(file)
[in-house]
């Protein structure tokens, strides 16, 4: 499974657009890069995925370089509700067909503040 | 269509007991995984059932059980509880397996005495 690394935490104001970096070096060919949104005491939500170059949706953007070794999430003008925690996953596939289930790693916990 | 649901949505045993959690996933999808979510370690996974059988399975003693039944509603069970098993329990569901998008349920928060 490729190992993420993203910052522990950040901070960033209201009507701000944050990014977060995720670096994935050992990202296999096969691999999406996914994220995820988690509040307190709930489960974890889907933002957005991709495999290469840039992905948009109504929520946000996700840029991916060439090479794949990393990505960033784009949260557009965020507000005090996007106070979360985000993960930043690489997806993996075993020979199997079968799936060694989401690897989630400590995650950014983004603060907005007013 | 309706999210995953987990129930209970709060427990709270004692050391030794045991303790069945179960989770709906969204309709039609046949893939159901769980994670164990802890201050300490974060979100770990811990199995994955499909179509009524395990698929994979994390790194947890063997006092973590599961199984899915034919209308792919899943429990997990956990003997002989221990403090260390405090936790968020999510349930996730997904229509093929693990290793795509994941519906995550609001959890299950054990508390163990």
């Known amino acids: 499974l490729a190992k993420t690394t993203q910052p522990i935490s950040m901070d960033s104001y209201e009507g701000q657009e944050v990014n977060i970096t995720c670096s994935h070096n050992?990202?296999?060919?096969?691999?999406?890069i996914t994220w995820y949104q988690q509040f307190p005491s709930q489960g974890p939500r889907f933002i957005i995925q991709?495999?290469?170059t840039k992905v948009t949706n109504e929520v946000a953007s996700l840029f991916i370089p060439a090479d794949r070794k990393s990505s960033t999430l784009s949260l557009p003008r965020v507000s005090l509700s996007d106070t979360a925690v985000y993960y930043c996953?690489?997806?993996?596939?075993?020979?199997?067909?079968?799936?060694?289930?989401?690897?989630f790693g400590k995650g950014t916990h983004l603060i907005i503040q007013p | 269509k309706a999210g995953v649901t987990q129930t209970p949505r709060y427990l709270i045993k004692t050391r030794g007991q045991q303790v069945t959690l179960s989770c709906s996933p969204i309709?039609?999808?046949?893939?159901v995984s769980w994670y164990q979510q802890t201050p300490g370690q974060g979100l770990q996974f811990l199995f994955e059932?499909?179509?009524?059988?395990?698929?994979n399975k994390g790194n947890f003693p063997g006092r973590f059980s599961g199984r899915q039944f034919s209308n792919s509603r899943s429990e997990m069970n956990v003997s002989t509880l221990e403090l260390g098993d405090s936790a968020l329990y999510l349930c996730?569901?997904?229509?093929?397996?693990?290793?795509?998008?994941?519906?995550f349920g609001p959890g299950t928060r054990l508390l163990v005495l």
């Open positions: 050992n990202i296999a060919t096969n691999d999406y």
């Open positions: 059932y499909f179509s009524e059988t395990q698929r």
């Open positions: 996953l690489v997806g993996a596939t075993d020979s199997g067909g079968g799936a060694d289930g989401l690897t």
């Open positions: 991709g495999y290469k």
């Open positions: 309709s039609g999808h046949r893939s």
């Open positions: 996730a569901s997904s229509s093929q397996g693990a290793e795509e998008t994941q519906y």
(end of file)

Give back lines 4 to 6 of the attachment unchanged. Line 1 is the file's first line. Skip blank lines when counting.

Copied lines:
């Open positions: 050992n990202i296999a060919t096969n691999d999406y």
């Open positions: 059932y499909f179509s009524e059988t395990q698929r």
């Open positions: 996953l690489v997806g993996a596939t075993d020979s199997g067909g079968g799936a060694d289930g989401l690897t």